Towards Making World Commission on Dams (WCD) Guidelines Work in Uganda: A Civil Society Perspective

Tuesday, October 19, 2004

F.C. Oweyegha–Afunaduula, F.C.

Deputy Coordinator, Save Bujagali Crusade (SBC) & Secretary, National Association of Professional Environmentalists (NAPE)Contact Information

Paper for the International Workshop on the Launching of the World Commission on Dams (WCD) Report "Dams and Development: A New Framework for Decision–Making" in Uganda organised by the National Association of Professional Environmentalists (NAPE) under the Theme "Making WCD Guidelines work in Uganda", and held at Hotel Africana Kampala, Uganda, on the 19th October, 2004.

Read some quotes about the project here.


Essential Historical Knowledge of Large Dam Building

Dams have had a long history of being constructed. McCully (1998) has reviewed this history. The earliest dams, according to him, were constructed around 3000 BC in the area occupied by present–day Jordan. Four hundred years later Egyptians were constructing their own dams. By the late first millennium BC people around the Mediterranean, in the Middle East, China and Central America had constructed dams too. Those behind the construction of dams were dictatorial (absolute) rulers, who, as a rule rather than an exception, made unilateral decisions to have the dams constructed.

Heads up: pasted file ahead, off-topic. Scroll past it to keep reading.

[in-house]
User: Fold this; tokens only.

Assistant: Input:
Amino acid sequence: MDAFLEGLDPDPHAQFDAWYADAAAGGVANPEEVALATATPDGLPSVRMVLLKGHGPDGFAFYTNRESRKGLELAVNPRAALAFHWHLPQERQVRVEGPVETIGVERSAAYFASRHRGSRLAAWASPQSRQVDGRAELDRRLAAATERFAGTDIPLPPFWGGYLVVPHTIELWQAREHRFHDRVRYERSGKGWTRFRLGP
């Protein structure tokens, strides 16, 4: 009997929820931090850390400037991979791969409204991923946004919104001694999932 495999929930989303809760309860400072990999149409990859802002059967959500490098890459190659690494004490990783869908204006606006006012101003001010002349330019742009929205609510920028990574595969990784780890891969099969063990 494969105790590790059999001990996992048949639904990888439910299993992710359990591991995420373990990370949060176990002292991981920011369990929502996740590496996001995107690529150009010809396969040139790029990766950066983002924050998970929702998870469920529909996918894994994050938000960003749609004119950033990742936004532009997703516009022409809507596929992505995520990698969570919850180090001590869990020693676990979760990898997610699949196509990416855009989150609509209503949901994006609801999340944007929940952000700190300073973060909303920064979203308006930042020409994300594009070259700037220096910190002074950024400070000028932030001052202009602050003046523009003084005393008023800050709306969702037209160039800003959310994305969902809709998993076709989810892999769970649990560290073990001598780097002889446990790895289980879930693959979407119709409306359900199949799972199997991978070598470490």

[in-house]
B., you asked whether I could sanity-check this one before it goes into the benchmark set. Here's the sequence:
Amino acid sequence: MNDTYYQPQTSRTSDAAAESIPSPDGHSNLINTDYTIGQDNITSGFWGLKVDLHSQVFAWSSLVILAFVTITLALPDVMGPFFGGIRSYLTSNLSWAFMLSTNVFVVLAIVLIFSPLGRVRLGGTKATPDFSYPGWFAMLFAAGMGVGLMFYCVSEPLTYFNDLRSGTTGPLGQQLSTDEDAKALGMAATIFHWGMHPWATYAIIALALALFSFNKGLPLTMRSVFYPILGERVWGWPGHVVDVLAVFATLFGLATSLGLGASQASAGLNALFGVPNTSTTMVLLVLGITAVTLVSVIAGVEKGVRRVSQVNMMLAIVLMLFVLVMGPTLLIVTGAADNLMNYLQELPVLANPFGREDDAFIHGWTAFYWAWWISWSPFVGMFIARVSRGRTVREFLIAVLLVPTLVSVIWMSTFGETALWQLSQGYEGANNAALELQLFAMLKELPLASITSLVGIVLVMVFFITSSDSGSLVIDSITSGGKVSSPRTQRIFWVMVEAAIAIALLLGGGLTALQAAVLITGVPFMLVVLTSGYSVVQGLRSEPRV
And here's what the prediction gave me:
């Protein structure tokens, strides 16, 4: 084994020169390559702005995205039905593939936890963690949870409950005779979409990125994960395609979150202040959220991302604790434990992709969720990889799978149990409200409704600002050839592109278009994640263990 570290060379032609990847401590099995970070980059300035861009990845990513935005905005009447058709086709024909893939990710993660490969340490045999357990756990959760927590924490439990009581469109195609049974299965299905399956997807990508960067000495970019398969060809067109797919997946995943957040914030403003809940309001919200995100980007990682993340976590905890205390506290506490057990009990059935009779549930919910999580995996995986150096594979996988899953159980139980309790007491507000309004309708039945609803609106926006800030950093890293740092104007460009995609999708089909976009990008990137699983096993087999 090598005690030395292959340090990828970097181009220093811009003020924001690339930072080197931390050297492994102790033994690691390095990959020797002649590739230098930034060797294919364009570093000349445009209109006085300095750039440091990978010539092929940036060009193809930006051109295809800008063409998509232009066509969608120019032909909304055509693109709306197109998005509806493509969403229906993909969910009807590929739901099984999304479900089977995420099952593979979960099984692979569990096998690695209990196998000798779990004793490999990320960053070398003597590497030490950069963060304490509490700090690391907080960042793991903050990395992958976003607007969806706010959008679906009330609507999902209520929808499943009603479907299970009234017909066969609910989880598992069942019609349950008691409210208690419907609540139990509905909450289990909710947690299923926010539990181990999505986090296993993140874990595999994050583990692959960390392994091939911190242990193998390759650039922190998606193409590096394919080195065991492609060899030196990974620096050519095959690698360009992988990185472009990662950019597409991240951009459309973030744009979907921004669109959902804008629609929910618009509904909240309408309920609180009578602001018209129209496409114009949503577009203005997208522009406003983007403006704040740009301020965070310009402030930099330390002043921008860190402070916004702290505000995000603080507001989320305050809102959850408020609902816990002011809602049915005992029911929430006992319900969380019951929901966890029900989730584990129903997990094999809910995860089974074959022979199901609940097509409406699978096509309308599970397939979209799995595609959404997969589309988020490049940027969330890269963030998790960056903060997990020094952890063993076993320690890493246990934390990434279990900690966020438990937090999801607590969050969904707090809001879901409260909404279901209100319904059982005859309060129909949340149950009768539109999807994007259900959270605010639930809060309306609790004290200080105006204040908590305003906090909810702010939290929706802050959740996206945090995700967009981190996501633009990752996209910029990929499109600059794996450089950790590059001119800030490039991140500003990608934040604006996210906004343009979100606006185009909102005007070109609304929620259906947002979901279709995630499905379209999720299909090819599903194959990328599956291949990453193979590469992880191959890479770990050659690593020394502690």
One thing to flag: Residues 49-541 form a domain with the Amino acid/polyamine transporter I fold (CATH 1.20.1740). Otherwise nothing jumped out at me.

According to Hancock (1989), behind the chain of large dams in modern times have been billions of dollars from the World Bank, an all powerful large dam/hydropower lobby, and the greedy corrupt rulers (see also Oweyegha–Afuanduula, 2004).

The International Commission on Large Dams (ICOLD), the leading dam–industry association (or social force), defines a ‘large dam’ as ‘a dam measuring 15 metres or more from foundation to crest –taller than a four–story building (McCully, 1998). The dam industry defines a ‘major dam’ as ‘a dam that is at least 150 metres high, at least 15 million cu. metres in volume, with a reservoir capacityof at least 25 cu. kilometers and an electricalgeneration capacity of at least 1,000 megawatts’.

The era of large dams is said to have began with the commissioning, on 30th September 1935, of the gigantic 221 metre–high Hoover dam on the Colorado River in the United States of America. However, Hoover dam is today exceeded in height 14 dams, namely: Nurek (300 metres) in Tadkistan; Grande Dixence (285 metres) in Switzerland; Inguri (272 metres) in Georgia; Vaiont (262 metres) in Italy; Tehri (261 metres); Chicoasen (261metres) in Mexico; Mauvoisin (250 metres) in Switzerland; Guavio (246 metres) in Columbia; Sayano–Shushensk (245 metres) in Russia; Mica ( 242 metres) in Canada; Ertan (240 metres) in China; Chivor (237 metres) in Columbia; Kishau (236 metres) in India; El Cajon (234 metres) in Honduras; Chirkey (233 metres) in Russia; Oroville ( 230 metres) in USA; and Bhakra (226 metres) in India.